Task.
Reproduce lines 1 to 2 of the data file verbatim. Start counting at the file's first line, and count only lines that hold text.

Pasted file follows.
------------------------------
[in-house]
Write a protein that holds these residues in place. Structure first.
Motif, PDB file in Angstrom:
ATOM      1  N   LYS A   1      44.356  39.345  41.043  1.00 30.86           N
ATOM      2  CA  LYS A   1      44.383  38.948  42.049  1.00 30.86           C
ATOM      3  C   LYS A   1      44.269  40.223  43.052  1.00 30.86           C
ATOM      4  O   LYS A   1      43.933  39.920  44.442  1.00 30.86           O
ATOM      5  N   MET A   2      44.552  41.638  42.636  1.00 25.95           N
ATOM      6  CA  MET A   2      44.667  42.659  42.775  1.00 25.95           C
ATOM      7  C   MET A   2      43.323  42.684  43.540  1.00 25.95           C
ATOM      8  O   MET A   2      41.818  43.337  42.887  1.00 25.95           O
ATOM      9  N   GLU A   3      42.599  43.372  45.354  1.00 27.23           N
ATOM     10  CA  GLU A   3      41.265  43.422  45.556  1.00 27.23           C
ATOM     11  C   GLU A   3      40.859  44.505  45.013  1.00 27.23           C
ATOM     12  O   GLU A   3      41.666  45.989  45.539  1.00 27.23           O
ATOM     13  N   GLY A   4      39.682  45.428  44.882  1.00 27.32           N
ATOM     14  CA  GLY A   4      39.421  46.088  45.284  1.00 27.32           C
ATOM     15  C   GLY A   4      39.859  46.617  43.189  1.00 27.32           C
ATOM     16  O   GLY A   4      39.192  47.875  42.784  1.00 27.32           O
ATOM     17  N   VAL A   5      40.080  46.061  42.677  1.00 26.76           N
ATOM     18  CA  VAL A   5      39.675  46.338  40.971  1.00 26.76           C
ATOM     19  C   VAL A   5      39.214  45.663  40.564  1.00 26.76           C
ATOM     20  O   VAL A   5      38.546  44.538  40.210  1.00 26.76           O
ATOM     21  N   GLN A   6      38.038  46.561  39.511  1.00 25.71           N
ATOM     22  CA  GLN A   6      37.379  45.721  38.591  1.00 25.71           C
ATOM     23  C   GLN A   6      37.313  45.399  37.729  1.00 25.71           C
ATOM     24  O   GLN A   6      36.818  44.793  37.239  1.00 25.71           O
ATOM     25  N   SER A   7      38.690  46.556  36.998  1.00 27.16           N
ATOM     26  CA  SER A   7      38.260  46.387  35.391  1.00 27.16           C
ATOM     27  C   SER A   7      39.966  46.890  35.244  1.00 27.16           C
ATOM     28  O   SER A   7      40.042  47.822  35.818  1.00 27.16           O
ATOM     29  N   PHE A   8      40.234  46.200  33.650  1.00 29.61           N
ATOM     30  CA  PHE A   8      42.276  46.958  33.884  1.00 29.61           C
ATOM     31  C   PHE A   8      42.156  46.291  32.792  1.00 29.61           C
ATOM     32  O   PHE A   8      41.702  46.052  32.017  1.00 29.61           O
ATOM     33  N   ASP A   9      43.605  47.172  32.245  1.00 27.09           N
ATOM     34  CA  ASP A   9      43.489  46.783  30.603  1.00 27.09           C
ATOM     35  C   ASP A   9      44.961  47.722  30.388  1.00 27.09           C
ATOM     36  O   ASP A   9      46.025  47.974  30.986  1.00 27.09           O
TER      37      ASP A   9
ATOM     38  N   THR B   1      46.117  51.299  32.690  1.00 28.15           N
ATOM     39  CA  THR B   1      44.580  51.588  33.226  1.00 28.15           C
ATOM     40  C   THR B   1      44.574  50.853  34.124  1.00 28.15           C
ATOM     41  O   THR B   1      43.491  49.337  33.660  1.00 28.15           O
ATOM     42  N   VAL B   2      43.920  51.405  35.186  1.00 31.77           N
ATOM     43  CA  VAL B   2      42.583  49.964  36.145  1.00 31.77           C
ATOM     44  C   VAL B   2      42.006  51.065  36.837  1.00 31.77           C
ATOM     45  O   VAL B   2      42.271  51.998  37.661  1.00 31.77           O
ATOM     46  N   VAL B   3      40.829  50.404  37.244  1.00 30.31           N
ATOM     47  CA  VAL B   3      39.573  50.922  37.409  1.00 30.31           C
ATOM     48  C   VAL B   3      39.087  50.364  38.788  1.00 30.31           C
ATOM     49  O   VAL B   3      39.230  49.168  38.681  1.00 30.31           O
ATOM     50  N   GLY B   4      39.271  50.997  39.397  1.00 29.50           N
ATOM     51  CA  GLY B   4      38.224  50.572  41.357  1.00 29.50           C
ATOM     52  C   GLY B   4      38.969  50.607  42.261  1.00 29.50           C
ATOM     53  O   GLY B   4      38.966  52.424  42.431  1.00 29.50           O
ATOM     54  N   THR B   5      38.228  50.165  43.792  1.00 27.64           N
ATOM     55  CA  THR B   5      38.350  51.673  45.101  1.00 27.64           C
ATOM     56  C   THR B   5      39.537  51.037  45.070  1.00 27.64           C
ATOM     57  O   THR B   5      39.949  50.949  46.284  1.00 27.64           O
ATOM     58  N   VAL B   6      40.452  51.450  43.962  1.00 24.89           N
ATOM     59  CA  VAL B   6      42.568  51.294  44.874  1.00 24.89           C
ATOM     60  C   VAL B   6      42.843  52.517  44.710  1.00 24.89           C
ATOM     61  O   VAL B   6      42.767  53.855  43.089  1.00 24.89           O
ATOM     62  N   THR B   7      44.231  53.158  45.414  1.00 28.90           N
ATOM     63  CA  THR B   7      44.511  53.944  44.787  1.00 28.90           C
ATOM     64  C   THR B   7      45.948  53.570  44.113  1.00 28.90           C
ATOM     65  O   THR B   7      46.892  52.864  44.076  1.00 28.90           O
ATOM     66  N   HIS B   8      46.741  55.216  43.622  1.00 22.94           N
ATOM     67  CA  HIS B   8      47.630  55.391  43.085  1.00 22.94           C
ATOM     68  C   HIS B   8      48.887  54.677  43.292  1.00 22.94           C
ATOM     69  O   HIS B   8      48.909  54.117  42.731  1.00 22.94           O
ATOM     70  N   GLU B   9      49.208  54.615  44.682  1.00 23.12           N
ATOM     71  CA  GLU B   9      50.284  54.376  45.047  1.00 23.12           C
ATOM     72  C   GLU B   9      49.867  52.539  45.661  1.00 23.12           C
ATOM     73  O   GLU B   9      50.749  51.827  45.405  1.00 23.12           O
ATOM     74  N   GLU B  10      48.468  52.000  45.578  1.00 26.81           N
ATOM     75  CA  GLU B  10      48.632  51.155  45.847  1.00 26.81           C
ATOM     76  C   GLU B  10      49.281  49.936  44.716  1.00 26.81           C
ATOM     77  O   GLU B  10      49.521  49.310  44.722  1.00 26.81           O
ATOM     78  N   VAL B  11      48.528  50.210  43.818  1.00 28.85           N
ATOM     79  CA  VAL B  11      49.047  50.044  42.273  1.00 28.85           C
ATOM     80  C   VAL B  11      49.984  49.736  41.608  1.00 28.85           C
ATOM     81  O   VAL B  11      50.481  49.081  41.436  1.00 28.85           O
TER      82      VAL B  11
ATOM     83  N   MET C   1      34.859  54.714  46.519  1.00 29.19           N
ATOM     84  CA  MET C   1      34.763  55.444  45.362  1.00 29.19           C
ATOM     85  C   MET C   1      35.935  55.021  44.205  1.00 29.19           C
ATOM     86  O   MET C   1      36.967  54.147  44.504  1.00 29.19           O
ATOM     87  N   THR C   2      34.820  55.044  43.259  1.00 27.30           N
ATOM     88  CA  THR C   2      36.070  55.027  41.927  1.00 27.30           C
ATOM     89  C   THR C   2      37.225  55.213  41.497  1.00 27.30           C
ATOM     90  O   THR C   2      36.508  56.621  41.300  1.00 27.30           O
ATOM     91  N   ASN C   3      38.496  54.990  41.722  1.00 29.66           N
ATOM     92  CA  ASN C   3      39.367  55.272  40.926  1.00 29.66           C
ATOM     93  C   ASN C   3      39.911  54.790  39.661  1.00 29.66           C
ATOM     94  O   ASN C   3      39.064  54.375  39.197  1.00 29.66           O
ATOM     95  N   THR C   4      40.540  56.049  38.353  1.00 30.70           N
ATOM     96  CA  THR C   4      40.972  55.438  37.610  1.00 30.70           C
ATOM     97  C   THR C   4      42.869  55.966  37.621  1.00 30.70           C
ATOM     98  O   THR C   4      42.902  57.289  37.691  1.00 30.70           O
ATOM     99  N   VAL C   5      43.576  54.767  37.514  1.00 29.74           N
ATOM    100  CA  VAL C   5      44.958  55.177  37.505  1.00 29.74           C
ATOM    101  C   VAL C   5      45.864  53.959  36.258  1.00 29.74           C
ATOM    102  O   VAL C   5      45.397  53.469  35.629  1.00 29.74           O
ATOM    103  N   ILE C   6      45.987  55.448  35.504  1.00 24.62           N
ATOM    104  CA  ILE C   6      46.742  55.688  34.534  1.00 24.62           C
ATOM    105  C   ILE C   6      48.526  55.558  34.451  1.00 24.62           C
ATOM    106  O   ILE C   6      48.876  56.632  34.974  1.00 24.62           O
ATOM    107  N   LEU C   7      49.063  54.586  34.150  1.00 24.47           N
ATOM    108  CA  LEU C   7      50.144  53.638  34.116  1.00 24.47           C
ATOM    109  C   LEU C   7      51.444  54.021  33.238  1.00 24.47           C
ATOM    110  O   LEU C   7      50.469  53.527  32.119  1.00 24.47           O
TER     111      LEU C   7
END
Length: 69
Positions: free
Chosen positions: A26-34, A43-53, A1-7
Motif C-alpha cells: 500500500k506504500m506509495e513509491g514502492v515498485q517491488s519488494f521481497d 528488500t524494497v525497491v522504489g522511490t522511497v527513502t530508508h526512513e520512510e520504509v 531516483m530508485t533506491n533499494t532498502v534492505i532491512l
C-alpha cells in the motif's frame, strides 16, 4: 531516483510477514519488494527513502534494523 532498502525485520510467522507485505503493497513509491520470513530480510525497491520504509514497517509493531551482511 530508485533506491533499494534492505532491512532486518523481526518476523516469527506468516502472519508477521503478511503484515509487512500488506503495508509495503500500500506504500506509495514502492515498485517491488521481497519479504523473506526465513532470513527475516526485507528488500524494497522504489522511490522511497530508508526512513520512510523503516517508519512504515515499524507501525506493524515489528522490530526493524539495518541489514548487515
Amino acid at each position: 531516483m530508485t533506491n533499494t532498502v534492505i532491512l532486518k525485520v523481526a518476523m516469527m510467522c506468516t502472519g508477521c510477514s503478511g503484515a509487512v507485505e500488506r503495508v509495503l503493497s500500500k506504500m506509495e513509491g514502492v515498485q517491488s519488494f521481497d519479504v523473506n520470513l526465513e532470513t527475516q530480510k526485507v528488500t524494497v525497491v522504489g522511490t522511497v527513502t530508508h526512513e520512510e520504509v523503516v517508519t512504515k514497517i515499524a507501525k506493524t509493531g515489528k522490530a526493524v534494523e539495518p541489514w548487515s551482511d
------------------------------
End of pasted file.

[in-house]
Write a protein that holds these residues in place. Structure first.